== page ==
• Gently wipe the lens surface with fresh lens cleaning tissue until no oil residue is evident. This will require several changes of lens cleaning tissue.
  • Any final traces of immersion oil can be removed using a small amount of lens cleaning fluid. Commercial glass cleaners such as Windex® can be used sparingly but they may have an effect on some coatings used on lens surfaces (4).
  • Never use abrasive materials such as dry cotton swabs or facial tissues, as they are likely to scratch the lens.

Additional information

Immersion Oil

The choice of immersion oil for many years was Cedar Wood Oil, until the manufacture of synthetic alternatives in the 1940s. Cedar Wood oil is still available, but has many disadvantages: it goes yellow with age, and if not cleaned up properly, will penetrate and damage the cement in the lens. The modern synthetic versions used today are inert, more colour stable and can be obtained in various viscosities(2).

General cleaning advice for microscope optics

  • Treat lenses with great care, as they can be easily scratched.
  • Solvents are not recommended for cleaning objective lenses as they have the potential to dissolve the cement in the lens assembly and harm other mechanical components, particularly in older microscopes.
  • When cleaning lenses, first blow away any dust with a blower brush, then use a lint-free lens tissue and lens cleaning fluid to clean the objectives lenses and eyepieces.
  • Do not use paper towel or regular tissues, as they will scratch the lens.
  • Never dry wipe a lens, as this may also cause scratching.
  • Remove immersion oil immediately after use with lens tissue and lens cleaning fluid.
  • Do not remove eyepieces or objective lenses from their location and clean only their external surfaces. Internal surfaces should be cleaned by a professional.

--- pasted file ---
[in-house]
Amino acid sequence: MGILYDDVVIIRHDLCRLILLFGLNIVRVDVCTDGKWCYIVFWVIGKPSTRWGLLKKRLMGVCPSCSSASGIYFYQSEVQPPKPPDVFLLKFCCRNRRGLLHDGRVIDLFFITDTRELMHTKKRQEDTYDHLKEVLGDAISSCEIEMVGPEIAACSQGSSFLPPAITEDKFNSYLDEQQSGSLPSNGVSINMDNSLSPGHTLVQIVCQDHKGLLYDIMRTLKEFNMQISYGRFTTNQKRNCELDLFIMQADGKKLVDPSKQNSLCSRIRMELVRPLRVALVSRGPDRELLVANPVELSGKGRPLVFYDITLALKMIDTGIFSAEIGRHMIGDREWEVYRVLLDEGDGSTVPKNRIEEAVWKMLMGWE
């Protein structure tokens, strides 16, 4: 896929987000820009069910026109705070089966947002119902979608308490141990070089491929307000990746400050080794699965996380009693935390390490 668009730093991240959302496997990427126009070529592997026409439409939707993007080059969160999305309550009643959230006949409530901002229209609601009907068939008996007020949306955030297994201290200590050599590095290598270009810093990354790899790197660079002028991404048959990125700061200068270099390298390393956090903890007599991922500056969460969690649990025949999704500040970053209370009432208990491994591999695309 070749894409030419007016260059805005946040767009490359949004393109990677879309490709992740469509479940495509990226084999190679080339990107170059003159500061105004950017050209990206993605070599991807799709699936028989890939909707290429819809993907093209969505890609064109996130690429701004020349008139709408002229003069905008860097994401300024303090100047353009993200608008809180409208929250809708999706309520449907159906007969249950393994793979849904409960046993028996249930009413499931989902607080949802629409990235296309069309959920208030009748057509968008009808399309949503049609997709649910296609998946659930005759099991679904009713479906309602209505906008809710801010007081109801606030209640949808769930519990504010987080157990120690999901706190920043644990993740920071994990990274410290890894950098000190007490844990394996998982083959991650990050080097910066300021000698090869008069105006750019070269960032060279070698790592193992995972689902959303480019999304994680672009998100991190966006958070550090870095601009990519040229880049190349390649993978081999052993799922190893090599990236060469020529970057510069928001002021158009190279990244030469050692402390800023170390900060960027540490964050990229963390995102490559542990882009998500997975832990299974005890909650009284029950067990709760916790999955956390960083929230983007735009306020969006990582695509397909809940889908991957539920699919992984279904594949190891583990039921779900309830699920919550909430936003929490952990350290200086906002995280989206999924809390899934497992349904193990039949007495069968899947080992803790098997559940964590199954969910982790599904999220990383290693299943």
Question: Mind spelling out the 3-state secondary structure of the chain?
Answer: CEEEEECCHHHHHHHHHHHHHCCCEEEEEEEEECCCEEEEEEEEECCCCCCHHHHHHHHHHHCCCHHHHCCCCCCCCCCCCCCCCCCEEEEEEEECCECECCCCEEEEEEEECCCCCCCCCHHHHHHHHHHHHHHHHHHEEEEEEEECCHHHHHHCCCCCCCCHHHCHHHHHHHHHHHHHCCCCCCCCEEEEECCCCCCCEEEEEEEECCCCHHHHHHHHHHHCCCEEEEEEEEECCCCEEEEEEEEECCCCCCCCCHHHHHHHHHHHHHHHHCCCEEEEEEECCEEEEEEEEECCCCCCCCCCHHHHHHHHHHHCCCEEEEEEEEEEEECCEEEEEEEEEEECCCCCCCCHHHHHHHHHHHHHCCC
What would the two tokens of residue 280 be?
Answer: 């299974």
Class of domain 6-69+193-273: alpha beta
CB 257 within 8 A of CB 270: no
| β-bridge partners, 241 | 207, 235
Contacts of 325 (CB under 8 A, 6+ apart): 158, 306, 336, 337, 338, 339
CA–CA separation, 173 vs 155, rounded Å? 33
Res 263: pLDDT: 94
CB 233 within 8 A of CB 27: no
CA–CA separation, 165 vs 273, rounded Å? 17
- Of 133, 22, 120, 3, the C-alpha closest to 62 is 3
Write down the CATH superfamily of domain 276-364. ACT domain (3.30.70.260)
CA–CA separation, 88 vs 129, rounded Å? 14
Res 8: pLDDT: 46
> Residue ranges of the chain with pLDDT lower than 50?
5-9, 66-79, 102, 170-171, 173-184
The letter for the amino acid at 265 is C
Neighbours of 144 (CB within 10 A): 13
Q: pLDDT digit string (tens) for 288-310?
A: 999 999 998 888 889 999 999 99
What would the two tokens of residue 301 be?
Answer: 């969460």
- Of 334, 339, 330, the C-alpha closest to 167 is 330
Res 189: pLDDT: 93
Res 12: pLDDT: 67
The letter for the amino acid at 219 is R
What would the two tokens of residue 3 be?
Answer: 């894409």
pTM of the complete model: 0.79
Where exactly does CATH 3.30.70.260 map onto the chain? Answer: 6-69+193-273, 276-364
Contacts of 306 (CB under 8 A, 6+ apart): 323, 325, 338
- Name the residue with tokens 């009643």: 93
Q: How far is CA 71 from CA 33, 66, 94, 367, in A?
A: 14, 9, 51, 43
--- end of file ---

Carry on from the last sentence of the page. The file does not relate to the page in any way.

Science ASSIST has also developed a resource on the use of the care of the compound light microscope see: SOP - Use and care of the compound light microscope

References:

 (1) Nikon Instruments, 2009. Immersion oil and the microscope FAQs. Melville, NY USA. Micro Video Instruments website, http://www.mviservice.com/Images/Immersion%20Oil%20FAQs%202009.pdf

(2) ‘The oil immersion guide’, Microscopy UK website, http://www.microscopy-uk.org.uk/mag/indexmag.html?http://www.microscopy-uk.org.uk/mag/artmar02/pjoil.html (March 2002)

(3) ’Microscope cleaning and maintenance’, ZEISS Microscopy Online website, http://zeiss-campus.magnet.fsu.edu/articles/basics/care.html (Accessed November 2015)

(4) ‘Immersion oil’ in Murphy, Douglas B.; Davidson, Michael W. 2013. Fundamentals of Light Microscopy and Electronic Imaging, Wiley-Blackwell; New Jersey, USA. https://books.google.com.au/books?id=f8qhtqRjxQMC&pg=PT140&lpg=PT140&dq=...

‘Basic Concepts in Optical Microscopy’, Microscopy Resource Center, OlympusMicro website, http://olympus.magnet.fsu.edu/primer/anatomy/anatomy.html (Accessed January 2016)

Cargille, John J. 1985. Immersion oil and the microscope, New York Microscopical Society Yearbook, Cargille Labs website, http://www.cargille.com/immersionoilmicroscope.shtml

‘Immersion media’, Microscopy Resource Center, OlympusMicro website, http://olympus.magnet.fsu.edu/primer/anatomy/immersion.html (Accessed January 2016)

‘Oil Immersion and Refractive Index’, ZEISS Microscopy Online website, http://zeiss-campus.magnet.fsu.edu/tutorials/basics/oilimmersionrefractiveindex/indexflash.html (Accessed November 2015)